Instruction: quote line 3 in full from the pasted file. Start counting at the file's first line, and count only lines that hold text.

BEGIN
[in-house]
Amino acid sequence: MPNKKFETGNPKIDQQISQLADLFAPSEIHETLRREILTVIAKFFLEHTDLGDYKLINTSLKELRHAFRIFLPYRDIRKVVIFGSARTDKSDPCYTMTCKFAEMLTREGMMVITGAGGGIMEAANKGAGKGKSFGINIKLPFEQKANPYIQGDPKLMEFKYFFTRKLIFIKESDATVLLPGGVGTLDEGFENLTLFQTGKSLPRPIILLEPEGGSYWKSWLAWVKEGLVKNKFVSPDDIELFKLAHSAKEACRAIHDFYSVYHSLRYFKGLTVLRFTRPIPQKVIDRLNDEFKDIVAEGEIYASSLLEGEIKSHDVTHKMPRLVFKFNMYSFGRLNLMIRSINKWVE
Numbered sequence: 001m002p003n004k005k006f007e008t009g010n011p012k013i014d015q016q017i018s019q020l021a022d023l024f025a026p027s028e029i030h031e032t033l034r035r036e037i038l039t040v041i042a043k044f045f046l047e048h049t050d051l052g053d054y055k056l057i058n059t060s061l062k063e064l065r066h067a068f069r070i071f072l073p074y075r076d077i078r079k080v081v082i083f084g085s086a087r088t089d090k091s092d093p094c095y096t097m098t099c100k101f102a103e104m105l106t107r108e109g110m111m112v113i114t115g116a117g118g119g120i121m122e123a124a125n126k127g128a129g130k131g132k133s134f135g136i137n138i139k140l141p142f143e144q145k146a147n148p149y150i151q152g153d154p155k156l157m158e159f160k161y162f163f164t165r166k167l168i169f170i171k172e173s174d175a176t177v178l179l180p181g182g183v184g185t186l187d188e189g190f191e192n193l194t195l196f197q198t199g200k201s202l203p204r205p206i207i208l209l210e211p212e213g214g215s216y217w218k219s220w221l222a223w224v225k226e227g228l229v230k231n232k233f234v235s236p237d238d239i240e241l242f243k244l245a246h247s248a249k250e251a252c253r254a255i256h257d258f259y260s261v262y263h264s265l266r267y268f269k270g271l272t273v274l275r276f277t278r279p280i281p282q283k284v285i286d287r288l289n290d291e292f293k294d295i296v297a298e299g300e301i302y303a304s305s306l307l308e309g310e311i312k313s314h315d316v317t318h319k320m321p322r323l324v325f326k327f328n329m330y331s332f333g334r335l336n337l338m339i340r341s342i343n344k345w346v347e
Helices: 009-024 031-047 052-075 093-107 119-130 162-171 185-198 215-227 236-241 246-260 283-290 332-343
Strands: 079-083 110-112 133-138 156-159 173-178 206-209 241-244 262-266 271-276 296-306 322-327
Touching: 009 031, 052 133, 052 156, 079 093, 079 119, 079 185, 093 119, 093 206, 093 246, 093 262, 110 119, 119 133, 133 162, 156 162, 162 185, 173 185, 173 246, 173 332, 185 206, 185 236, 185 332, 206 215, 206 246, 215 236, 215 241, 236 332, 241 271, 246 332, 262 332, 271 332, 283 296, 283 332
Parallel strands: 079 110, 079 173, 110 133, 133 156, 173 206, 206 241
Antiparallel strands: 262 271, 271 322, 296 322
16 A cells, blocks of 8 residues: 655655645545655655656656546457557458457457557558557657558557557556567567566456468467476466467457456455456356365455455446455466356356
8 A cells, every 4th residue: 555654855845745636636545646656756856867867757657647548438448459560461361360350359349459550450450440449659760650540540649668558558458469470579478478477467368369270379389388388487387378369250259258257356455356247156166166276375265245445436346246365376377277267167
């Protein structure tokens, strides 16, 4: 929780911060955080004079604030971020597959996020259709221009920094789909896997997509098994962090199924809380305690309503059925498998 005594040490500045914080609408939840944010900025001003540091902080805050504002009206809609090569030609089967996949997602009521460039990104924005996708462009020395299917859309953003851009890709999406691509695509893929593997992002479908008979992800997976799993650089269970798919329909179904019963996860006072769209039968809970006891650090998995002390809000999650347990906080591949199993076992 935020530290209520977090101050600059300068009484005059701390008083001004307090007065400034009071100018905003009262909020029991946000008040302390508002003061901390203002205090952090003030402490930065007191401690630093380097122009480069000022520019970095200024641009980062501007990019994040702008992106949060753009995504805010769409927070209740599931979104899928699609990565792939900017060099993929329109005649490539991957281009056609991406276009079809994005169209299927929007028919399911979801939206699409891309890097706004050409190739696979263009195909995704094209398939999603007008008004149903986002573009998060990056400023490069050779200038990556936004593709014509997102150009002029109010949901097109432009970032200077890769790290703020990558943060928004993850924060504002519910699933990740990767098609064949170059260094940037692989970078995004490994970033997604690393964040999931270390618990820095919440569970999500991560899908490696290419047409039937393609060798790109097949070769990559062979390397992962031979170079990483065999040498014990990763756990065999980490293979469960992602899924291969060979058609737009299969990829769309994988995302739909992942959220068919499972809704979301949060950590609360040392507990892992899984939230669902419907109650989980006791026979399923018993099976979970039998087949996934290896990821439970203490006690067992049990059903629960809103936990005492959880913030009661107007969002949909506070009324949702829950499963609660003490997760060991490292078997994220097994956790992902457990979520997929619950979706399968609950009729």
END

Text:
Numbered sequence: 001m002p003n004k005k006f007e008t009g010n011p012k013i014d015q016q017i018s019q020l021a022d023l024f025a026p027s028e029i030h031e032t033l034r035r036e037i038l039t040v041i042a043k044f045f046l047e048h049t050d051l052g053d054y055k056l057i058n059t060s061l062k063e064l065r066h067a068f069r070i071f072l073p074y075r076d077i078r079k080v081v082i083f084g085s086a087r088t089d090k091s092d093p094c095y096t097m098t099c100k101f102a103e104m105l106t107r108e109g110m111m112v113i114t115g116a117g118g119g120i121m122e123a124a125n126k127g128a129g130k131g132k133s134f135g136i137n138i139k140l141p142f143e144q145k146a147n148p149y150i151q152g153d154p155k156l157m158e159f160k161y162f163f164t165r166k167l168i169f170i171k172e173s174d175a176t177v178l179l180p181g182g183v184g185t186l187d188e189g190f191e192n193l194t195l196f197q198t199g200k201s202l203p204r205p206i207i208l209l210e211p212e213g214g215s216y217w218k219s220w221l222a223w224v225k226e227g228l229v230k231n232k233f234v235s236p237d238d239i240e241l242f243k244l245a246h247s248a249k250e251a252c253r254a255i256h257d258f259y260s261v262y263h264s265l266r267y268f269k270g271l272t273v274l275r276f277t278r279p280i281p282q283k284v285i286d287r288l289n290d291e292f293k294d295i296v297a298e299g300e301i302y303a304s305s306l307l308e309g310e311i312k313s314h315d316v317t318h319k320m321p322r323l324v325f326k327f328n329m330y331s332f333g334r335l336n337l338m339i340r341s342i343n344k345w346v347e